The Florida Atlas of Lakes will return a list of 61 lakes and ponds with this name if you use the Atlas search function. What do your suppose that word is? (No, not Alligator or Fish or Cypress or Blue or Orange or Clear or Grass.)
If you give up, the most common name is at this link.
It was around 1950 that the Wanderer appeared in the streets of many Florida towns, crying out a grim vision of the state’s future. Afterward, no one could say exactly what she looked like, but all agreed that her hair resembled Spanish moss. She demanded attention:
O Floridians, beware of drilling wells not for drinking water but to irrigate grass! Do not water your Bahia, St. Augustine, and Centipede with the tears of dying springs!
O Floridians, I see a time when your phosphate ore will be uprooted from the ground and used to grow ornamental grasses and unnecessary Midwestern corn!
O Floridians, you will grow immense quantities of sugarcane in the Everglades but no one will be able to say why that is a good idea!
O Floridians, your politicians will sing hymns about how valuable Florida water resources are but continue to give it away! For free! To all!
O Floridians, you will build one of the nation’s best park systems and put in charge people who think that it will be even better with logging, cattle grazing, and hunting!
O Floridians, woe unto the lowest state if a political party denies the science of climate change and the sea level rise, ocean acidification, and other evils to come! I am talking about you Floridians! Yes, you!
Heed me, O Floridians!
Not so much then but maybe the Wanderer’s message is received better today.
Wouldn’t it be nice to have a clear visual representation of the different per capita water use rates in Florida? Maybe akin to the new Pacific Institute “Interactive Map” based on data from the California State Water Resources Control Board?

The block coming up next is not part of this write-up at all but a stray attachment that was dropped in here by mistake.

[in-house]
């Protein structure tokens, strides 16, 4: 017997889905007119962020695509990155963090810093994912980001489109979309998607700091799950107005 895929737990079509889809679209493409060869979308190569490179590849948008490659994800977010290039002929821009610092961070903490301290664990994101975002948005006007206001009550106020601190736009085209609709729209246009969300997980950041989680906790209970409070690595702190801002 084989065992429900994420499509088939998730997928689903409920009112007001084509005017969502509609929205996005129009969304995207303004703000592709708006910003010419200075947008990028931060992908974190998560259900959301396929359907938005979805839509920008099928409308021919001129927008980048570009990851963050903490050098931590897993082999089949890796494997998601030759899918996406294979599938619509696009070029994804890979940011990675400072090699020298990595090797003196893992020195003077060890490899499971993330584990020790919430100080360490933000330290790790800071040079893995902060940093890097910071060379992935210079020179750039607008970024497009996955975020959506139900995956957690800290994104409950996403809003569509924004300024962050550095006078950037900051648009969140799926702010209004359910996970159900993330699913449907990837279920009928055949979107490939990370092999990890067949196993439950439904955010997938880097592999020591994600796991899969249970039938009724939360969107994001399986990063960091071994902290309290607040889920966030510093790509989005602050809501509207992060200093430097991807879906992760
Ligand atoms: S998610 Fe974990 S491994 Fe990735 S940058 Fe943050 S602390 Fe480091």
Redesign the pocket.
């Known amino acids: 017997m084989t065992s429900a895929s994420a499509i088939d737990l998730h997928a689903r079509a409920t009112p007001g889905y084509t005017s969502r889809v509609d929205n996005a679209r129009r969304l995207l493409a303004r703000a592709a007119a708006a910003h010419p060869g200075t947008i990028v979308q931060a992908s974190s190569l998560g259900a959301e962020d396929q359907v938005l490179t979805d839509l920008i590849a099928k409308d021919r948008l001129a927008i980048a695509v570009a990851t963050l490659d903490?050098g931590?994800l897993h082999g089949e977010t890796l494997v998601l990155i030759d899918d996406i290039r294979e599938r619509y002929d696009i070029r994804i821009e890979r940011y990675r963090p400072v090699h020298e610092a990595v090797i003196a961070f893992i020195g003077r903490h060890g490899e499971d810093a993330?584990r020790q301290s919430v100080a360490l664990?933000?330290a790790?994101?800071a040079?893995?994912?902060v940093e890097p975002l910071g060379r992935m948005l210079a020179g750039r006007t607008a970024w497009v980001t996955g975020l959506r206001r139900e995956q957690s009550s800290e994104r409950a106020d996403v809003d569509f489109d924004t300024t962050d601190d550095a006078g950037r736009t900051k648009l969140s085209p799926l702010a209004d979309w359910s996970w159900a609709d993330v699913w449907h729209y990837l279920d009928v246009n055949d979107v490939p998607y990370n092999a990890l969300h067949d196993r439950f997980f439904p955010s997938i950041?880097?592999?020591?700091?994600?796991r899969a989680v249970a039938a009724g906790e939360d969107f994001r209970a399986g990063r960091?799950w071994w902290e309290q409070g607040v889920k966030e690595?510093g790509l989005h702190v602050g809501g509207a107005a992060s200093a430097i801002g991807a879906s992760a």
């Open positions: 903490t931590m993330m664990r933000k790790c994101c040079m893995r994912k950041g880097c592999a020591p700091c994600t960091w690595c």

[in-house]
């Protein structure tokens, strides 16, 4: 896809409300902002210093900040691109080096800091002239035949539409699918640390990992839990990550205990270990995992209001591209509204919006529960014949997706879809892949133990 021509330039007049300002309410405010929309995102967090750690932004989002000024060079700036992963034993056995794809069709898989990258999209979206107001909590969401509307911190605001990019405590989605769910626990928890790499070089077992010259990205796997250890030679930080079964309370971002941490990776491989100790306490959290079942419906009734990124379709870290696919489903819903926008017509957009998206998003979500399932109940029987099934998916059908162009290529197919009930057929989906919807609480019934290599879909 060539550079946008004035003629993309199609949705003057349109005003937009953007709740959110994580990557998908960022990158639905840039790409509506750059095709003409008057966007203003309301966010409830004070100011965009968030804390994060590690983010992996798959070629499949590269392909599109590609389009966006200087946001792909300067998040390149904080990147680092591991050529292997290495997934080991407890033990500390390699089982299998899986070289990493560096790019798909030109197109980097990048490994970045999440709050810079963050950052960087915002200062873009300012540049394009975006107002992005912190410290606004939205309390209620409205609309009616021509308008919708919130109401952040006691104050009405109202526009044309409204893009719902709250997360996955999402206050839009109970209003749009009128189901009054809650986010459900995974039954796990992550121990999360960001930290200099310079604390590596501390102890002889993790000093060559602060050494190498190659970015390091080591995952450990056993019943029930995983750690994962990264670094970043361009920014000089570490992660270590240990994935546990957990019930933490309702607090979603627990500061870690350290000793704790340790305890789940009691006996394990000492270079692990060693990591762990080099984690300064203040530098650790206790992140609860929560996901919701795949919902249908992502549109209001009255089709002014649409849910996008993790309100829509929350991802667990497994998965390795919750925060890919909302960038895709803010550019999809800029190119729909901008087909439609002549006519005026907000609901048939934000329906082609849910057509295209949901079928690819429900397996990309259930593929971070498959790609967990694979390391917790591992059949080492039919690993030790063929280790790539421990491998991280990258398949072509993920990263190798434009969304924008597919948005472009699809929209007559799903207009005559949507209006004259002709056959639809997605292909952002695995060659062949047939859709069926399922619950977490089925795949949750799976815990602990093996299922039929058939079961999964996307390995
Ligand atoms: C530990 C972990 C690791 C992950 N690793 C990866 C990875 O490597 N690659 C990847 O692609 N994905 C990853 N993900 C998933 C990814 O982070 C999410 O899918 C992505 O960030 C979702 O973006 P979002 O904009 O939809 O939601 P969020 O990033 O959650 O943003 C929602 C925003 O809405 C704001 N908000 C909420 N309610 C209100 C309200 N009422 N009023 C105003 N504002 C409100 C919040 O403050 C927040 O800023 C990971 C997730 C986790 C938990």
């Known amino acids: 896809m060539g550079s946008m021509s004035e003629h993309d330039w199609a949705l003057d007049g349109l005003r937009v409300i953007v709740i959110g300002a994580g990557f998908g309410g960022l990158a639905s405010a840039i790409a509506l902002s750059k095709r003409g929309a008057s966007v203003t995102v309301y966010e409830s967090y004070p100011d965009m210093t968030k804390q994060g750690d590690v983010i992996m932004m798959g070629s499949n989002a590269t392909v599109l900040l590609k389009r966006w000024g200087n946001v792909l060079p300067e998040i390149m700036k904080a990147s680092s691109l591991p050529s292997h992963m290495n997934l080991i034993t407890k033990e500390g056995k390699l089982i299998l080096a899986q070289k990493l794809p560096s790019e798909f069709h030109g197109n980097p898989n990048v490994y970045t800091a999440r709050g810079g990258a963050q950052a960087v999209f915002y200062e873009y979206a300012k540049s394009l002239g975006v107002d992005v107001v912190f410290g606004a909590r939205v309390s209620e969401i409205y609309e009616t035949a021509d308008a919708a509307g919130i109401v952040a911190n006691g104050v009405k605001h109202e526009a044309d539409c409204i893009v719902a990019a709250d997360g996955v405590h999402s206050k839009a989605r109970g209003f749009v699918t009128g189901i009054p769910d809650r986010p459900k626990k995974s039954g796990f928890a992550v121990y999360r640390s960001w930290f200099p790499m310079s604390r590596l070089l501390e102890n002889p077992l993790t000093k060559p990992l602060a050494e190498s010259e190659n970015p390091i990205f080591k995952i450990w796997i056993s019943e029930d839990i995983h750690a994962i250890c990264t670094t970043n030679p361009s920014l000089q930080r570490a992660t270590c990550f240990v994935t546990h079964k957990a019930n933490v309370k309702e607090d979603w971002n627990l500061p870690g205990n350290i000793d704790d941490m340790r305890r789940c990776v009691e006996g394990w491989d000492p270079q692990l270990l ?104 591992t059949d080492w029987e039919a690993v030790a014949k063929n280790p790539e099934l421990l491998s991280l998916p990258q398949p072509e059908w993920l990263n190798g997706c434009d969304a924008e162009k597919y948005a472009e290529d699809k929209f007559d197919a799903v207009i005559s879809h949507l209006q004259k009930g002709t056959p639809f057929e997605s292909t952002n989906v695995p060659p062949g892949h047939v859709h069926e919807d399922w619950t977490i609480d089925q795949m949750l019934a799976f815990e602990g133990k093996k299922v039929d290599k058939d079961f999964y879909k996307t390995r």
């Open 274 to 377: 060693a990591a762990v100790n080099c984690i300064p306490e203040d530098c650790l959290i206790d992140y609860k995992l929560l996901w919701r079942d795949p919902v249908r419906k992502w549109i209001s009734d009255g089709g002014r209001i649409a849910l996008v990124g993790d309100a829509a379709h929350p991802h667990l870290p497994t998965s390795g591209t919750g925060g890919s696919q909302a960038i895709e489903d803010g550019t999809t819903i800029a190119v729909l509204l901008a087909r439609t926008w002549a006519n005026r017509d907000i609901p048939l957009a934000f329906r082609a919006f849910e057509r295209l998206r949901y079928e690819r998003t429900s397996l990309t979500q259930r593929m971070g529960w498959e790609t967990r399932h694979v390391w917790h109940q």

It would allow quick and accurate comparisons between different utility service areas. This information system would create strong incentives for utilities with higher rates to become more efficient. The public would be better served and better able to influence water policy.
I doubt that that we can count on the Florida Department of Environmental Protection to require adequate data collection for this purpose or to produce this informative product. If it were wanted, the detailed per capita work already being performed by the Southwest Florida Water Management District could serve as a foundation for improvement.
Imitation is the highest form of flattery. We need a “Gulf of Mexico/Florida Bay/Atlantic Ocean Institute(?)” inspired by the work of the Pacific Institute and other independent organizations.
Michael J. McGuire, author of “The Chlorine Revolution,” also maintains a blog, This Day in Water History. I have excerpted below the Florida portion of what he found about water treatment in the August 10, 1916 edition of the Municipal Journal (p. 153):
In his blog post, McGuire notes that many American cities were not disinfecting in 1916, even after “overwhelming evidence that typhoid fever and diarrheal diseases could be stopped by such a practice.” For Florida, only one of the eight cities surveyed acknowledged “sterilization” in water lines. Nowdays, that would be unacceptable for any major water system.
A recent estimate puts the cost of the Comprehensive Everglades Restoration Plan at about $10 billion. As a point of reference, salmon recovery in the Columbia River basin has cost more than $11 billion since 1978. Other Pacific Northwest River restoration programs are also underway.
It turns out to be expensive to fix environmental problems created over many decades in a large region.